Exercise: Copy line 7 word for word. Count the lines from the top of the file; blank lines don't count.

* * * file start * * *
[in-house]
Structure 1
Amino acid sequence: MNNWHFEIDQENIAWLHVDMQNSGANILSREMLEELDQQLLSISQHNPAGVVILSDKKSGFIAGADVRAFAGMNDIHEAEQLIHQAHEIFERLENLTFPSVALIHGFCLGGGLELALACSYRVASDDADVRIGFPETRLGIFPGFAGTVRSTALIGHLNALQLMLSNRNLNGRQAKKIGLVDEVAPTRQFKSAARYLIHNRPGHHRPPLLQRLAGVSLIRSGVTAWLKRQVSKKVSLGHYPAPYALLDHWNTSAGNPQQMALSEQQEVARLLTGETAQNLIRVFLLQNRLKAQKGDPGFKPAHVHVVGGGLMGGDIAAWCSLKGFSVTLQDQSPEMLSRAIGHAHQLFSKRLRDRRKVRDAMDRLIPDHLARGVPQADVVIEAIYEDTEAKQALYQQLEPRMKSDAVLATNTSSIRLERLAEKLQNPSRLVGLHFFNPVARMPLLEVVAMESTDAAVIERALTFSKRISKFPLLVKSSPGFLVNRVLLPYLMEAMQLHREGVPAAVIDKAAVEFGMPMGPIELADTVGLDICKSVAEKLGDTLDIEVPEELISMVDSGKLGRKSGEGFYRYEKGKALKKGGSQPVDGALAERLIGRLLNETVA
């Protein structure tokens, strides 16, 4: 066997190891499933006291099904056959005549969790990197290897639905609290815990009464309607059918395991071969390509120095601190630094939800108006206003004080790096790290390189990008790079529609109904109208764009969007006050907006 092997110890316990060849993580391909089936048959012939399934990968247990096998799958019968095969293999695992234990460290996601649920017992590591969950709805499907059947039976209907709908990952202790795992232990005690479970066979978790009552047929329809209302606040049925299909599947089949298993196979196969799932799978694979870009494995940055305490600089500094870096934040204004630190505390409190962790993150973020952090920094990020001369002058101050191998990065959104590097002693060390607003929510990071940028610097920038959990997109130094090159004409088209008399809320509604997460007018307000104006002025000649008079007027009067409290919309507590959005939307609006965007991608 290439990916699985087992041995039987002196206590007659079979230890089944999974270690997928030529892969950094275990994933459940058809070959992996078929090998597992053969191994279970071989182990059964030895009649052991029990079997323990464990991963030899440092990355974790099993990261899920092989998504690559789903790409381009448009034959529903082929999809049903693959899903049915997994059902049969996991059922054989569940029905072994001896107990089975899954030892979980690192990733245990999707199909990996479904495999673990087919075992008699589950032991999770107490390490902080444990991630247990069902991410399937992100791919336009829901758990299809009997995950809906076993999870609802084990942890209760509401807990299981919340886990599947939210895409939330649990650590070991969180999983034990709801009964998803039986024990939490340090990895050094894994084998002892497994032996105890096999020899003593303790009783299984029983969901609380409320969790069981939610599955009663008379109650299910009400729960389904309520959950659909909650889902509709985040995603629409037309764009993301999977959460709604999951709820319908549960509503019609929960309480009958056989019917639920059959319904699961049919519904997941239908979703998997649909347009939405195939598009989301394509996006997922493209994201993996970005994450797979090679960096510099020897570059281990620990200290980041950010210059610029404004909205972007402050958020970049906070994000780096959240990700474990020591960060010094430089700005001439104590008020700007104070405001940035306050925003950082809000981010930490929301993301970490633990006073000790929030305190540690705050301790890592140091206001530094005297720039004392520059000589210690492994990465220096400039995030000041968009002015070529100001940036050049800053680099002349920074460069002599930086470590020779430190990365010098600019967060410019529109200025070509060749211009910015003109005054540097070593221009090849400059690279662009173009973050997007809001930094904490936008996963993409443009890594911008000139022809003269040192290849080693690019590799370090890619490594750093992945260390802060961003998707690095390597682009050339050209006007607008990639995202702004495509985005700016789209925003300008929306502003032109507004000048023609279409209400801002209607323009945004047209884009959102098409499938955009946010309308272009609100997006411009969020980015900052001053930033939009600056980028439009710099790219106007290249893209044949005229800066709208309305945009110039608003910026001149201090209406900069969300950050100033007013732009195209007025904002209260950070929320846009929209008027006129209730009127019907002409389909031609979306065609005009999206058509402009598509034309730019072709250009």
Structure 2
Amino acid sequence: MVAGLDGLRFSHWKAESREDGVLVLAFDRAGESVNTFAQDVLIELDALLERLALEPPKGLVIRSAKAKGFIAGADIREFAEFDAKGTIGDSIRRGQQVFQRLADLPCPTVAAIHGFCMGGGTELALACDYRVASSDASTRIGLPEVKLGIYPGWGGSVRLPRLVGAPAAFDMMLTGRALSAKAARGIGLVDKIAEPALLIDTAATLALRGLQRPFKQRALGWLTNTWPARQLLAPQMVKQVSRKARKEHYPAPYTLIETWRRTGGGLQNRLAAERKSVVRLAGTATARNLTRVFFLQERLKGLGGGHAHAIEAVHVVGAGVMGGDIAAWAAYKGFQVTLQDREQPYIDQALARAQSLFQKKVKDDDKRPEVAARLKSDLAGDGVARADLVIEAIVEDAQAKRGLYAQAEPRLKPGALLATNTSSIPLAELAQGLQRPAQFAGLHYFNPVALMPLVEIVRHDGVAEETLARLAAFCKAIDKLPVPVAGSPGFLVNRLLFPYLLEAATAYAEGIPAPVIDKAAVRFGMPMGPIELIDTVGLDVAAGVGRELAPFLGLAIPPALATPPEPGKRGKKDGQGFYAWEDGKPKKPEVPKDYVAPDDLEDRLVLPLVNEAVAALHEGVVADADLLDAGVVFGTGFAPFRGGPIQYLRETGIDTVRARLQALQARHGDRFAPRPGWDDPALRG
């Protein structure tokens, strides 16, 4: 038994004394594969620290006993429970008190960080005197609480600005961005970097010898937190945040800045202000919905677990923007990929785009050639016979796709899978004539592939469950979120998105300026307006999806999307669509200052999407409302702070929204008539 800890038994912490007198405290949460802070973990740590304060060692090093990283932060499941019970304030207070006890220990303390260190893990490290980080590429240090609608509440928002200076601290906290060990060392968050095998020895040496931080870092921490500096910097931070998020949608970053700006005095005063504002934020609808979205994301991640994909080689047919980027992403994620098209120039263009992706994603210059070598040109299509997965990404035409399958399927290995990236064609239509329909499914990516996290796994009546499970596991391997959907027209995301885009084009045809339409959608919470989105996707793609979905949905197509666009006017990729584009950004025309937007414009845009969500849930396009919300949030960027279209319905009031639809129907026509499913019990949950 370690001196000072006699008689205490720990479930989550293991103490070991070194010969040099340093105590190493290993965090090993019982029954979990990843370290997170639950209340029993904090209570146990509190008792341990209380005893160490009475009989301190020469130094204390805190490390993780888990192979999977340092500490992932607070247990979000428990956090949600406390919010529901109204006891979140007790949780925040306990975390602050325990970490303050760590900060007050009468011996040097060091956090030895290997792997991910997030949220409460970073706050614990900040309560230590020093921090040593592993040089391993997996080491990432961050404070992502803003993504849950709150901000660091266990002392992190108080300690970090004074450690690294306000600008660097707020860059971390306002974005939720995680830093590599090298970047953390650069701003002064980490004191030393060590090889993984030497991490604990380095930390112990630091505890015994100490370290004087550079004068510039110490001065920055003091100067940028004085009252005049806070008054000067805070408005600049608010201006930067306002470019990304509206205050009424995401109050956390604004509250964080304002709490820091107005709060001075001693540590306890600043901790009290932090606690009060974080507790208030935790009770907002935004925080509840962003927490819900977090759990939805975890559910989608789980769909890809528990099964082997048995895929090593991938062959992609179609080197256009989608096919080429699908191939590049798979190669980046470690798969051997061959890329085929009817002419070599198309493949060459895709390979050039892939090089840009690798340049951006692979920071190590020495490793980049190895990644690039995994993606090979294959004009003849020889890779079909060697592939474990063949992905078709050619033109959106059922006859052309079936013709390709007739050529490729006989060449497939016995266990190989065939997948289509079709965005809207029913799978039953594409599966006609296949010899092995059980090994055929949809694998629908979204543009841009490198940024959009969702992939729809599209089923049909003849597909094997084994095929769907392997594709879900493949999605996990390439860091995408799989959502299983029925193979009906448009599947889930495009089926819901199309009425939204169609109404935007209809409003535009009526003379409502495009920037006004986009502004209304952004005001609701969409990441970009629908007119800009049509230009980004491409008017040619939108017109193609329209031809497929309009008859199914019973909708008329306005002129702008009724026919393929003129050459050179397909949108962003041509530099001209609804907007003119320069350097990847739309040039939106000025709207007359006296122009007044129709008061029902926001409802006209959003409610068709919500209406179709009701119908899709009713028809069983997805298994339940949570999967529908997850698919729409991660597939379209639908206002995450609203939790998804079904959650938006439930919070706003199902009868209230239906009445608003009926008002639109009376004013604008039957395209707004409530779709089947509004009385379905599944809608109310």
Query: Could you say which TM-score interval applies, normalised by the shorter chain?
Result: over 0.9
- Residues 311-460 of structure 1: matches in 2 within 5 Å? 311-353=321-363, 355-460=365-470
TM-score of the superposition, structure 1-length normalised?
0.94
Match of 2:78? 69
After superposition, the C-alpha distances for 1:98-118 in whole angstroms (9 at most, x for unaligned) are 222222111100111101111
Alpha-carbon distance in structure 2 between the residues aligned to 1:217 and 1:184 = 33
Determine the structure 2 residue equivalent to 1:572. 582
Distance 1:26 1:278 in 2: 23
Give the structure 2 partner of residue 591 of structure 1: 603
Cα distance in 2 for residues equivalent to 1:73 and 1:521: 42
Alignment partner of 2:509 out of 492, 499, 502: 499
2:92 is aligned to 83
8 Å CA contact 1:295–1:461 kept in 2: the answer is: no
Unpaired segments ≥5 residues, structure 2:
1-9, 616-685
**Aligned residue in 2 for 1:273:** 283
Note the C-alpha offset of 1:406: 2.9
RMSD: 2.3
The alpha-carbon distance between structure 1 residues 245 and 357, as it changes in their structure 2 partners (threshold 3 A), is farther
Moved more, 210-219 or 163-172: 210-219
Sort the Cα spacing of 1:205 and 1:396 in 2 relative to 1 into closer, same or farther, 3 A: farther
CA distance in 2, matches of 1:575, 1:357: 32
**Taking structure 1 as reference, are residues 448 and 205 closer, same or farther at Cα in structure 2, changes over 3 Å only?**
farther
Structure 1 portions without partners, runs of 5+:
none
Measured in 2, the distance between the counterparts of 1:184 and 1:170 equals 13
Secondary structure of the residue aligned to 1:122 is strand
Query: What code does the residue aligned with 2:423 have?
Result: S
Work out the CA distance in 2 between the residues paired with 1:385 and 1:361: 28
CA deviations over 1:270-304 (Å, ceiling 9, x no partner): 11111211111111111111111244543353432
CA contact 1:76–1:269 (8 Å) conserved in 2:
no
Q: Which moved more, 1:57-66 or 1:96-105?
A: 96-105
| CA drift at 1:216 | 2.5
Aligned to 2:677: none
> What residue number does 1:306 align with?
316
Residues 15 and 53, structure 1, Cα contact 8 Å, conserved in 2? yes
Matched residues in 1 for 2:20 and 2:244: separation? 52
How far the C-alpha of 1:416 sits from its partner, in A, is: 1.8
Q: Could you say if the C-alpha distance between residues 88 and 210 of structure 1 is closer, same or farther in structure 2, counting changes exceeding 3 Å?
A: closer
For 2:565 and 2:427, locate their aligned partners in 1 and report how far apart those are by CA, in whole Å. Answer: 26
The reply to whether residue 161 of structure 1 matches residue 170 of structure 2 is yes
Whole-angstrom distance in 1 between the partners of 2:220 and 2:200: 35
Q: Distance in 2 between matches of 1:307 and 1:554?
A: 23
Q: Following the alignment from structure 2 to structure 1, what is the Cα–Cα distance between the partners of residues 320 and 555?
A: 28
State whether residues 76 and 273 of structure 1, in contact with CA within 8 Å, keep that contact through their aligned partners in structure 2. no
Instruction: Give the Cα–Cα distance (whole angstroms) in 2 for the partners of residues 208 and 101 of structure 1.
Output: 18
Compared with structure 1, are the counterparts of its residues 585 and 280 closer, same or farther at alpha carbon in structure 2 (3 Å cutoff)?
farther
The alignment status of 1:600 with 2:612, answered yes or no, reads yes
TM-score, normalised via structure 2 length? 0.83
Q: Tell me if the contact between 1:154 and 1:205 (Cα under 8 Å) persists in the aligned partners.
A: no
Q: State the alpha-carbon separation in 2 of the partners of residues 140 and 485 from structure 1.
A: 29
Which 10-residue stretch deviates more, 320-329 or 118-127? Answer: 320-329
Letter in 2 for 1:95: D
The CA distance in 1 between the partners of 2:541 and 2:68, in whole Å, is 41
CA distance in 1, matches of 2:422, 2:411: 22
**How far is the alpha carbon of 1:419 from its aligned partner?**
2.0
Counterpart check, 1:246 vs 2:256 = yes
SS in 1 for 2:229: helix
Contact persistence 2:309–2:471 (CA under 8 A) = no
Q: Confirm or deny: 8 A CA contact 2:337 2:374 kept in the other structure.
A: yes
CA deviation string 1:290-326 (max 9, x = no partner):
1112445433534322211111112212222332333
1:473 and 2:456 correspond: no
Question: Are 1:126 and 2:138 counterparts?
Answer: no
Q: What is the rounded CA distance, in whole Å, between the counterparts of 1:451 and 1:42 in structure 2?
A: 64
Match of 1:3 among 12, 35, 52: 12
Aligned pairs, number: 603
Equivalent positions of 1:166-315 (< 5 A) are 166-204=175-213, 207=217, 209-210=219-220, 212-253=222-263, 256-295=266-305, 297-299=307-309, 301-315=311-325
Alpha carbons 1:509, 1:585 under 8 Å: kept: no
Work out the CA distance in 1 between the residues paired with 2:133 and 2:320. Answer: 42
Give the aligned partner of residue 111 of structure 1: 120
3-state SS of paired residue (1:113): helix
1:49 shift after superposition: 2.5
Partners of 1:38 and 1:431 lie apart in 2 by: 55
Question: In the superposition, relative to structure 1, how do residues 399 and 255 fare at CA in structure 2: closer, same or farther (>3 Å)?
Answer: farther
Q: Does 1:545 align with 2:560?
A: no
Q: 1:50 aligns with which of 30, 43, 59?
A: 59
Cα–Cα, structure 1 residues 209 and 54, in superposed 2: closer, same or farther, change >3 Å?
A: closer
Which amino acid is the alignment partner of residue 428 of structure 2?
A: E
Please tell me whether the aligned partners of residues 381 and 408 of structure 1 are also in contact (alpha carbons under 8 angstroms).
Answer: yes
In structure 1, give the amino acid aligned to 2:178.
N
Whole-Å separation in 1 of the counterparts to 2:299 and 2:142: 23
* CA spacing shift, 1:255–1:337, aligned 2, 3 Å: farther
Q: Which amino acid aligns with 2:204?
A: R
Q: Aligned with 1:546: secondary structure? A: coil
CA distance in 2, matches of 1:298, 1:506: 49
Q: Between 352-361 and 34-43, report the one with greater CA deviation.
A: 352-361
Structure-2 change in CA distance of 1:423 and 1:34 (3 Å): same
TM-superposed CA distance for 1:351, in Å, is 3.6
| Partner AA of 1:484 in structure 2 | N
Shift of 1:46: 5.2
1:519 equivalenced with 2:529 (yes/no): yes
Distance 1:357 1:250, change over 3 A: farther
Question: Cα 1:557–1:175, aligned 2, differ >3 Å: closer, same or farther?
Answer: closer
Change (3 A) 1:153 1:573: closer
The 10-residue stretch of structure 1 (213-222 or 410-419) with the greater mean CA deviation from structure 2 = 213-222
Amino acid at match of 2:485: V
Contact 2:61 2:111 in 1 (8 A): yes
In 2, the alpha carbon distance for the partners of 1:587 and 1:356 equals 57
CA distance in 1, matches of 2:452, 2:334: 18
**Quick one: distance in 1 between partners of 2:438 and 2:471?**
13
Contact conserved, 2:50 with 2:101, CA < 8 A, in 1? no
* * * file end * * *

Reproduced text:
């Protein structure tokens, strides 16, 4: 038994004394594969620290006993429970008190960080005197609480600005961005970097010898937190945040800045202000919905677990923007990929785009050639016979796709899978004539592939469950979120998105300026307006999806999307669509200052999407409302702070929204008539 800890038994912490007198405290949460802070973990740590304060060692090093990283932060499941019970304030207070006890220990303390260190893990490290980080590429240090609608509440928002200076601290906290060990060392968050095998020895040496931080870092921490500096910097931070998020949608970053700006005095005063504002934020609808979205994301991640994909080689047919980027992403994620098209120039263009992706994603210059070598040109299509997965990404035409399958399927290995990236064609239509329909499914990516996290796994009546499970596991391997959907027209995301885009084009045809339409959608919470989105996707793609979905949905197509666009006017990729584009950004025309937007414009845009969500849930396009919300949030960027279209319905009031639809129907026509499913019990949950 370690001196000072006699008689205490720990479930989550293991103490070991070194010969040099340093105590190493290993965090090993019982029954979990990843370290997170639950209340029993904090209570146990509190008792341990209380005893160490009475009989301190020469130094204390805190490390993780888990192979999977340092500490992932607070247990979000428990956090949600406390919010529901109204006891979140007790949780925040306990975390602050325990970490303050760590900060007050009468011996040097060091956090030895290997792997991910997030949220409460970073706050614990900040309560230590020093921090040593592993040089391993997996080491990432961050404070992502803003993504849950709150901000660091266990002392992190108080300690970090004074450690690294306000600008660097707020860059971390306002974005939720995680830093590599090298970047953390650069701003002064980490004191030393060590090889993984030497991490604990380095930390112990630091505890015994100490370290004087550079004068510039110490001065920055003091100067940028004085009252005049806070008054000067805070408005600049608010201006930067306002470019990304509206205050009424995401109050956390604004509250964080304002709490820091107005709060001075001693540590306890600043901790009290932090606690009060974080507790208030935790009770907002935004925080509840962003927490819900977090759990939805975890559910989608789980769909890809528990099964082997048995895929090593991938062959992609179609080197256009989608096919080429699908191939590049798979190669980046470690798969051997061959890329085929009817002419070599198309493949060459895709390979050039892939090089840009690798340049951006692979920071190590020495490793980049190895990644690039995994993606090979294959004009003849020889890779079909060697592939474990063949992905078709050619033109959106059922006859052309079936013709390709007739050529490729006989060449497939016995266990190989065939997948289509079709965005809207029913799978039953594409599966006609296949010899092995059980090994055929949809694998629908979204543009841009490198940024959009969702992939729809599209089923049909003849597909094997084994095929769907392997594709879900493949999605996990390439860091995408799989959502299983029925193979009906448009599947889930495009089926819901199309009425939204169609109404935007209809409003535009009526003379409502495009920037006004986009502004209304952004005001609701969409990441970009629908007119800009049509230009980004491409008017040619939108017109193609329209031809497929309009008859199914019973909708008329306005002129702008009724026919393929003129050459050179397909949108962003041509530099001209609804907007003119320069350097990847739309040039939106000025709207007359006296122009007044129709008061029902926001409802006209959003409610068709919500209406179709009701119908899709009713028809069983997805298994339940949570999967529908997850698919729409991660597939379209639908206002995450609203939790998804079904959650938006439930919070706003199902009868209230239906009445608003009926008002639109009376004013604008039957395209707004409530779709089947509004009385379905599944809608109310």